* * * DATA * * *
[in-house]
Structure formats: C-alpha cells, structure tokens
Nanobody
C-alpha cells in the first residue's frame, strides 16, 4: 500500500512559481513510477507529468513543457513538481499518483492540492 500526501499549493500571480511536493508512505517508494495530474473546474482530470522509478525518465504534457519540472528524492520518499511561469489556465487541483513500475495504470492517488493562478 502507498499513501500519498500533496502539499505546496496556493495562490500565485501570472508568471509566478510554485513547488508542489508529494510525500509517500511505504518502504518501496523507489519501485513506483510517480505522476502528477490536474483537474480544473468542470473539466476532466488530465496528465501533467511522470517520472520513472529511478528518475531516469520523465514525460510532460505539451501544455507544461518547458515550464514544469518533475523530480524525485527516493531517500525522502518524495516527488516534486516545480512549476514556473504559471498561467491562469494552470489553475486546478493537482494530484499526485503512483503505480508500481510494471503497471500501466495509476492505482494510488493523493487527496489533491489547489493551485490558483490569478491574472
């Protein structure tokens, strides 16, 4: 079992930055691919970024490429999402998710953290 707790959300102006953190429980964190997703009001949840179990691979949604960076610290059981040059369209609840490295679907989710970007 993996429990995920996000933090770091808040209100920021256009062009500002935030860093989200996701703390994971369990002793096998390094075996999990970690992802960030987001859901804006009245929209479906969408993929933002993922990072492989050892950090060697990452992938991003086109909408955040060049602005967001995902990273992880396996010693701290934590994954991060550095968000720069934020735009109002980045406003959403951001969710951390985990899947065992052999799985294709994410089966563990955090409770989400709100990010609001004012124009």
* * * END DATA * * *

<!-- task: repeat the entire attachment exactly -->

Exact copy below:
[in-house]
Structure formats: C-alpha cells, structure tokens
Nanobody
C-alpha cells in the first residue's frame, strides 16, 4: 500500500512559481513510477507529468513543457513538481499518483492540492 500526501499549493500571480511536493508512505517508494495530474473546474482530470522509478525518465504534457519540472528524492520518499511561469489556465487541483513500475495504470492517488493562478 502507498499513501500519498500533496502539499505546496496556493495562490500565485501570472508568471509566478510554485513547488508542489508529494510525500509517500511505504518502504518501496523507489519501485513506483510517480505522476502528477490536474483537474480544473468542470473539466476532466488530465496528465501533467511522470517520472520513472529511478528518475531516469520523465514525460510532460505539451501544455507544461518547458515550464514544469518533475523530480524525485527516493531517500525522502518524495516527488516534486516545480512549476514556473504559471498561467491562469494552470489553475486546478493537482494530484499526485503512483503505480508500481510494471503497471500501466495509476492505482494510488493523493487527496489533491489547489493551485490558483490569478491574472
């Protein structure tokens, strides 16, 4: 079992930055691919970024490429999402998710953290 707790959300102006953190429980964190997703009001949840179990691979949604960076610290059981040059369209609840490295679907989710970007 993996429990995920996000933090770091808040209100920021256009062009500002935030860093989200996701703390994971369990002793096998390094075996999990970690992802960030987001859901804006009245929209479906969408993929933002993922990072492989050892950090060697990452992938991003086109909408955040060049602005967001995902990273992880396996010693701290934590994954991060550095968000720069934020735009109002980045406003959403951001969710951390985990899947065992052999799985294709994410089966563990955090409770989400709100990010609001004012124009």